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var foo1 = function () {
   return {
        init: function () {
            alert(this+" hello foo1");
        }
    };
}();

var foo2 = {
    init: function() {
        alert(this+" hello foo2");
    }
};

foo1.init()
foo2.init()

The differences I see are:

  • the first is "closure-style", while the second is not.
  • the first defined a factory function (*) which creates an object and binds the result of this factory to foo1, the second instead is a plain singleton, and you cannot have more instances unless you do .prototype hacking.

Are there any other differences ? this binding behavior ? unexpected browser detonations ? crying kittens ?

(*) In other words, I could do something like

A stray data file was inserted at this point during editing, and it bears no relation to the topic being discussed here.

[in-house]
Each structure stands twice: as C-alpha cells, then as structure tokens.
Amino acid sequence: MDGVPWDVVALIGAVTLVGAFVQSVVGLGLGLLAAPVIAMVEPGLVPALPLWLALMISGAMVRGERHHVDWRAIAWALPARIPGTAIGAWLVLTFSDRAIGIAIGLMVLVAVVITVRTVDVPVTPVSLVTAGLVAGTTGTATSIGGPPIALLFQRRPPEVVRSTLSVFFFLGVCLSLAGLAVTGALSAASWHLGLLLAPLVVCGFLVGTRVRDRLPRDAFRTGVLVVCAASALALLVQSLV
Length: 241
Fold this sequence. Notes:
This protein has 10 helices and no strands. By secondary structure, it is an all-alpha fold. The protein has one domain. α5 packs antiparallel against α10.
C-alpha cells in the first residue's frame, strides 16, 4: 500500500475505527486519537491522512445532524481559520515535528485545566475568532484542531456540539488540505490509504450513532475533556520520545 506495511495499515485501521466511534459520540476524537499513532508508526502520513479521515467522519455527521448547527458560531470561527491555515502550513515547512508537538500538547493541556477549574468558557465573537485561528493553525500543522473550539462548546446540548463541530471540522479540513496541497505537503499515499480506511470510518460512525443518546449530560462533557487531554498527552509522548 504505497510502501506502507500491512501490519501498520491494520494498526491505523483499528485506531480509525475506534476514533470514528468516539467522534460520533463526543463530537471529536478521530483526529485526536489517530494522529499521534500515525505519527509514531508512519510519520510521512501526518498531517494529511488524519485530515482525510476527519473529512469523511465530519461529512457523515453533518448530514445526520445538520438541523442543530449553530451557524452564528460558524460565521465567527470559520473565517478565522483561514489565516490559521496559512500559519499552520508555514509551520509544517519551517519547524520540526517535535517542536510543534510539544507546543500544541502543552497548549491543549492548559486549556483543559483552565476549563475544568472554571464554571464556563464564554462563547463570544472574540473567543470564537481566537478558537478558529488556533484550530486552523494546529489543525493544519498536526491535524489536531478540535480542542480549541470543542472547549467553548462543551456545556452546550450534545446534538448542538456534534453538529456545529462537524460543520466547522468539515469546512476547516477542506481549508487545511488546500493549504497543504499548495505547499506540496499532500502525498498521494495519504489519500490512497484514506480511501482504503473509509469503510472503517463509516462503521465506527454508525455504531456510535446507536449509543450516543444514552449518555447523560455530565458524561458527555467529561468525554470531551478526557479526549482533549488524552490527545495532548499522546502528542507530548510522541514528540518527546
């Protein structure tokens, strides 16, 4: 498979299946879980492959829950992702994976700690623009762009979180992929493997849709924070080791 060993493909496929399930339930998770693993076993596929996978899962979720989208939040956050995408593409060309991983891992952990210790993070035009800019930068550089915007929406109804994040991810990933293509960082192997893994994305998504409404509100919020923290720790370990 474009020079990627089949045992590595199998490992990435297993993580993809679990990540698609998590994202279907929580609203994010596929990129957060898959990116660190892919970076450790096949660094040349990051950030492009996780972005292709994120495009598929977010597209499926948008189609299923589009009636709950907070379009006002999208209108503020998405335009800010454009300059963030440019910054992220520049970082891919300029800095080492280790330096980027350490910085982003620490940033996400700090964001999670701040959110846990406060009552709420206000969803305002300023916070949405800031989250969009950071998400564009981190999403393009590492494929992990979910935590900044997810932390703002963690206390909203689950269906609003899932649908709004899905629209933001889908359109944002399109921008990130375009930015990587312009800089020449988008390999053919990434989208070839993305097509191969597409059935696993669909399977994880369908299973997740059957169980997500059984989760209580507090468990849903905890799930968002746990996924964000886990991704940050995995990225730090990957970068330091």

var fooFactory = function () {
   return {
        init: function () {
            alert(this+" hello foo1");
        }
    };
}

var foo=fooFactory();
var bar=fooFactory();

and foo and bar are now two different instances of the same "class" (actually, they are just two Objects that "happen" (by construction) to have the same interface).

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1 Answer

up vote 1 down vote accepted

One limitation to foo2 is that you can't really have the notion of private variables. That kind of goes along with the closure details you mentioned, though.

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